Not many players would be frustrated at being 12-under par for 36 holes at the BMW PGA Championship, but as Nick Dougherty explains, that’s what separates Rory McIlroy from the rest.
I’ve interviewed Roy McIlroy both days at Wentworth so far, he’s shot 67, 65, yet both times I’ve been a little cautious going into the interview as he’s looked a little frustrated at finishing with two fives.
I suppose he’s entitled to be, because the way he’s played this week, 12 under at the halfway stage is arguably the worst score he could be on.
It’s fair to say he could be four shots better right now, on the West Course, which is unthinkable. Alex Noren, who shot that astonishing 62 on Sunday last year, described McIlroy’s round today as one of the best he had ever seen. So to hear that from someone who tore the course apart 12 months ago was kind of ironic.
The bottom line is that, when Rory McIlroy is in full flow, I can’t think of any player in the world who can post those sorts of numbers and still be thinking he should have been lower.
Most Tour pros, even the elite players, come off after shooting 65 and they are 100 per cent delighted. But when Rory is firing on all cylinders from tee to green, it’s hard to put a cap on his potential score.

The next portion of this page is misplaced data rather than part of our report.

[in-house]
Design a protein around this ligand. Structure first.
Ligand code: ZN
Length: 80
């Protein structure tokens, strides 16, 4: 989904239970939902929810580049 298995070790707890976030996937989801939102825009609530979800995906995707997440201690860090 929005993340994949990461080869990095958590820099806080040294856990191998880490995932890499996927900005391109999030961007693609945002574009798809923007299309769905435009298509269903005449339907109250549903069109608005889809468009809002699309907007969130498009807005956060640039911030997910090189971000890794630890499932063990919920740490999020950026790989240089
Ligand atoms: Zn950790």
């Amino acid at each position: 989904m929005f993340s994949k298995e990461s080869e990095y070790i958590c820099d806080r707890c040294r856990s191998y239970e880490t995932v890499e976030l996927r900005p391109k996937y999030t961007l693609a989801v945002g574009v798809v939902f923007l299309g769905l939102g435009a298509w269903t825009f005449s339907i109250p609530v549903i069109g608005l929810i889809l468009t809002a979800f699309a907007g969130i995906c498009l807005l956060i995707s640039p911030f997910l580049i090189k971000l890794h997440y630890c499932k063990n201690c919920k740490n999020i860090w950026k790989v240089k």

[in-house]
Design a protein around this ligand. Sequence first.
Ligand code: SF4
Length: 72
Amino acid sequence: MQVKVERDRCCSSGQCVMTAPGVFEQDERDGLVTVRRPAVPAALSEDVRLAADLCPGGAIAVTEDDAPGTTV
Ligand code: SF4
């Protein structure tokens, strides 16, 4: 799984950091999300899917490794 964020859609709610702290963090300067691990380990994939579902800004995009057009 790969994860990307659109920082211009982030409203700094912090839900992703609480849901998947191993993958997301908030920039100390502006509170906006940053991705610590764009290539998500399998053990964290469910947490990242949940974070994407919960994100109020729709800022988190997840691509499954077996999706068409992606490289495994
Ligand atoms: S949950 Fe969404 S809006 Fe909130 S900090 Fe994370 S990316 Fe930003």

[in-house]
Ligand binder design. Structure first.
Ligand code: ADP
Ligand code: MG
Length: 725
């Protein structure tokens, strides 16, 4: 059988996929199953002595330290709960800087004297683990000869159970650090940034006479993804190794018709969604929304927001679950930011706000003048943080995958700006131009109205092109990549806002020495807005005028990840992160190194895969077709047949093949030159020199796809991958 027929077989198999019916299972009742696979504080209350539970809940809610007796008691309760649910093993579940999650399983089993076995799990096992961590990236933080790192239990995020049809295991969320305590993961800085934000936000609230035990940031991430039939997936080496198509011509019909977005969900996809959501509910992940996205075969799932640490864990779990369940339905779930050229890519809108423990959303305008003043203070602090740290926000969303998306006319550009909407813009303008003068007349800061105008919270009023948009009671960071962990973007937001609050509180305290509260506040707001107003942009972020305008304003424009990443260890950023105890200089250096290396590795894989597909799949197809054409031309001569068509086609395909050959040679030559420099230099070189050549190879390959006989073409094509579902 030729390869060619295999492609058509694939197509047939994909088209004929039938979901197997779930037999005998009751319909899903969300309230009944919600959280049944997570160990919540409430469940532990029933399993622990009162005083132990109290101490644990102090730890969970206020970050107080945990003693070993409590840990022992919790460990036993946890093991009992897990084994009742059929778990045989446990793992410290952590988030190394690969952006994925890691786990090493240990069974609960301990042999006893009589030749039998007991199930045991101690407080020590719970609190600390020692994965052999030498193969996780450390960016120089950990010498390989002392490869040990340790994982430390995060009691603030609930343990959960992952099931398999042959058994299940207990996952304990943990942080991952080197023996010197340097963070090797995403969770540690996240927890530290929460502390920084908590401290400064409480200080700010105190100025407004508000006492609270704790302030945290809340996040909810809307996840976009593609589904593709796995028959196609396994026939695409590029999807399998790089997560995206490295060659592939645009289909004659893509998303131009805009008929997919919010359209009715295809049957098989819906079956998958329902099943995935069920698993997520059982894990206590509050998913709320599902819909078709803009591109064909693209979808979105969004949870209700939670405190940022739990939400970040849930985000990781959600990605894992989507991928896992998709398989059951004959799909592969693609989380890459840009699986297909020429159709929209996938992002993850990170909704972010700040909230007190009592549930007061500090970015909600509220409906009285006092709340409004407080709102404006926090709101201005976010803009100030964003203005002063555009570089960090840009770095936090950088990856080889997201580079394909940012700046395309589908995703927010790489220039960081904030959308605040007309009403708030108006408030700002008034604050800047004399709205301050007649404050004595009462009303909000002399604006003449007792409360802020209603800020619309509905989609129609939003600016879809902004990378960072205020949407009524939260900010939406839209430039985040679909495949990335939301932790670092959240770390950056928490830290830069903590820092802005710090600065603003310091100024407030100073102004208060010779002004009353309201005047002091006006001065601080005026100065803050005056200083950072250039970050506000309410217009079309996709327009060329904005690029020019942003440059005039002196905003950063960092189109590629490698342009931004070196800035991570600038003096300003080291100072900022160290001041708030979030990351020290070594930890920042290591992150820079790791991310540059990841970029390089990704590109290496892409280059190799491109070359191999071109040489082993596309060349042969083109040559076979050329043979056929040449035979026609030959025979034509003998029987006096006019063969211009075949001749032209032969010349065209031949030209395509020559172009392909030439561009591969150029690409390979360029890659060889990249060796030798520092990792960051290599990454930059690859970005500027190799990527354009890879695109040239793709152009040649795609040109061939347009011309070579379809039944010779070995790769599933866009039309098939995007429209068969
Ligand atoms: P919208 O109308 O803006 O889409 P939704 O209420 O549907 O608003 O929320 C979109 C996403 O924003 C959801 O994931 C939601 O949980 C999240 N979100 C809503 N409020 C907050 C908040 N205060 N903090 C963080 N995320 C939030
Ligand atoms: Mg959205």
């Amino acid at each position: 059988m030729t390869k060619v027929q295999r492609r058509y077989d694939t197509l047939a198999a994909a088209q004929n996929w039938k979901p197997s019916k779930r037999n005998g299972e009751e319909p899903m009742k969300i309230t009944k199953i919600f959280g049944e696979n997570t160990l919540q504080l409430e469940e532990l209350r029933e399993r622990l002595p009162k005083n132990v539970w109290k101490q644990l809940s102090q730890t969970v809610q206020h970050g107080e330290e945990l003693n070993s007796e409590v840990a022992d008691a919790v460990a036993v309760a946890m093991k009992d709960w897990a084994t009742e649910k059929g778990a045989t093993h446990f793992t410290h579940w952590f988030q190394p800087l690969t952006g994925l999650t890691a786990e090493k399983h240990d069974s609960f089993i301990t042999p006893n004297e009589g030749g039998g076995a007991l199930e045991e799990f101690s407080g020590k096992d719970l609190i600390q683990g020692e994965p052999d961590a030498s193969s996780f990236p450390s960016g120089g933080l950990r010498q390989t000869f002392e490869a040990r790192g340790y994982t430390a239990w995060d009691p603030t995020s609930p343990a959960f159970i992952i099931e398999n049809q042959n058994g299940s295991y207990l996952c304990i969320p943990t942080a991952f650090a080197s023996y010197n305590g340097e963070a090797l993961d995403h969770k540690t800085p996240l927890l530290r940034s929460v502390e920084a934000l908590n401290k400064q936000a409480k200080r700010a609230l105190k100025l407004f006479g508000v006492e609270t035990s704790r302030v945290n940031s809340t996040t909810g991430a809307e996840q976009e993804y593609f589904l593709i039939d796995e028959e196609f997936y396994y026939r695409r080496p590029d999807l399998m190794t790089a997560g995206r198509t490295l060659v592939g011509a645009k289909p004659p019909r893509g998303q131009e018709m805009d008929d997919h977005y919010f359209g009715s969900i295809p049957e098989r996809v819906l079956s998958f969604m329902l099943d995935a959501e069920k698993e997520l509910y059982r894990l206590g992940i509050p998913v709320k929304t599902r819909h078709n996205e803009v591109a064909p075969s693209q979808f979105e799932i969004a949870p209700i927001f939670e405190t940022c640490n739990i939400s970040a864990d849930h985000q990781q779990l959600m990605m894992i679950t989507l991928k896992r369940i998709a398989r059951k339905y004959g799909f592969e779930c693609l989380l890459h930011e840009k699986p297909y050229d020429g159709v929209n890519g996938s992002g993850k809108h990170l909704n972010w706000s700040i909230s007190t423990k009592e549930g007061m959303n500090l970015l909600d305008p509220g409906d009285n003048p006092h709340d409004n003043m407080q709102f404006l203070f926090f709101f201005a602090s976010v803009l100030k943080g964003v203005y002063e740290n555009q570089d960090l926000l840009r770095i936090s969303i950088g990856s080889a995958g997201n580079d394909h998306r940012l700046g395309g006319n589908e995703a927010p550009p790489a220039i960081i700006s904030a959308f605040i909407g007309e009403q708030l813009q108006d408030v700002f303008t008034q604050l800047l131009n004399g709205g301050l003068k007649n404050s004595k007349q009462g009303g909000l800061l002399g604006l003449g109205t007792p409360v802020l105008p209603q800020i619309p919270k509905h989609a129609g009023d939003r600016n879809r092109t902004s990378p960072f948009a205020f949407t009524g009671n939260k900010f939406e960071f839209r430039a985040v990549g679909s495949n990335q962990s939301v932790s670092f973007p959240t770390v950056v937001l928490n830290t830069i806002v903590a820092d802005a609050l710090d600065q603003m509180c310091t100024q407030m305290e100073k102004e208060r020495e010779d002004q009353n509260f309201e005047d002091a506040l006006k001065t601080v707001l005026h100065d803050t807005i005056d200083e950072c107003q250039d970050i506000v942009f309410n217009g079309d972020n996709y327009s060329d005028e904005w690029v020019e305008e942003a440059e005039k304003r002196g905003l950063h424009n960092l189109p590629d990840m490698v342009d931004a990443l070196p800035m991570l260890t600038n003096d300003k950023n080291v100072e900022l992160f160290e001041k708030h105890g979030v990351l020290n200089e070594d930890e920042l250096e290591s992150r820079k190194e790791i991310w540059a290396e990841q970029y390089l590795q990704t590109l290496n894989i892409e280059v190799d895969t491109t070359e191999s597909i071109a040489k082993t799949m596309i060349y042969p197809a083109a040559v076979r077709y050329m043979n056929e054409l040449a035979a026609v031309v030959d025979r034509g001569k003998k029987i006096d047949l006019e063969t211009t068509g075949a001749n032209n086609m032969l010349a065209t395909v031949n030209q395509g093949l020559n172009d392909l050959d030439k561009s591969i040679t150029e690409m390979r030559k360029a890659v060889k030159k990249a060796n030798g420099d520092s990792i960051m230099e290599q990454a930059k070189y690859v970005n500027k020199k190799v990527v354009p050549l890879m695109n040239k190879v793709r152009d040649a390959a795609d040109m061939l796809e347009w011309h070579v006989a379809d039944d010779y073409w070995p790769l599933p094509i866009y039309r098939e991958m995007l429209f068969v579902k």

He missed a few chances on the greens early today and didn’t let the frustration get to him, although that wasn’t quite the case after those last two holes.
Rory McIlroy celebrated his first bogey-free round at Wentworth as he cruised to a seven-under 65 on day two of the BMW PGA.
It’s easier for McIlroy to get frustrated because he gives himself more birdie chances than anyone else. His iron play has been so good, he’s often putting from that awkward mid-range where you’re not going to hole all of them.
It would be really easy for him to get down on himself, but then he needs to realise that he’s having more putts from around 10 feet than anyone else in the field.
It’s probably tough for him to ignore the putting stats, but when you’re putting from that intermediate range for birdie on almost every hole, as he was today, Rory could easily feel he could have shot 60 rather than “just” a 65.
Most guys out here would be on cloud nine if they were coming off the 18th on 12-under par after two rounds, but Rory still wasn’t satisfied and that’s what separates him from the rest.
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Where most players will be thinking about a great round they just had, Rory will be thinking about how far in front he can get.
So that’s ominous for the rest of the field, and I don’t expect McIlroy to let up on Saturday. If he can keep this form going over the weekend, it’s going to take something very special for anyone to keep pace with him.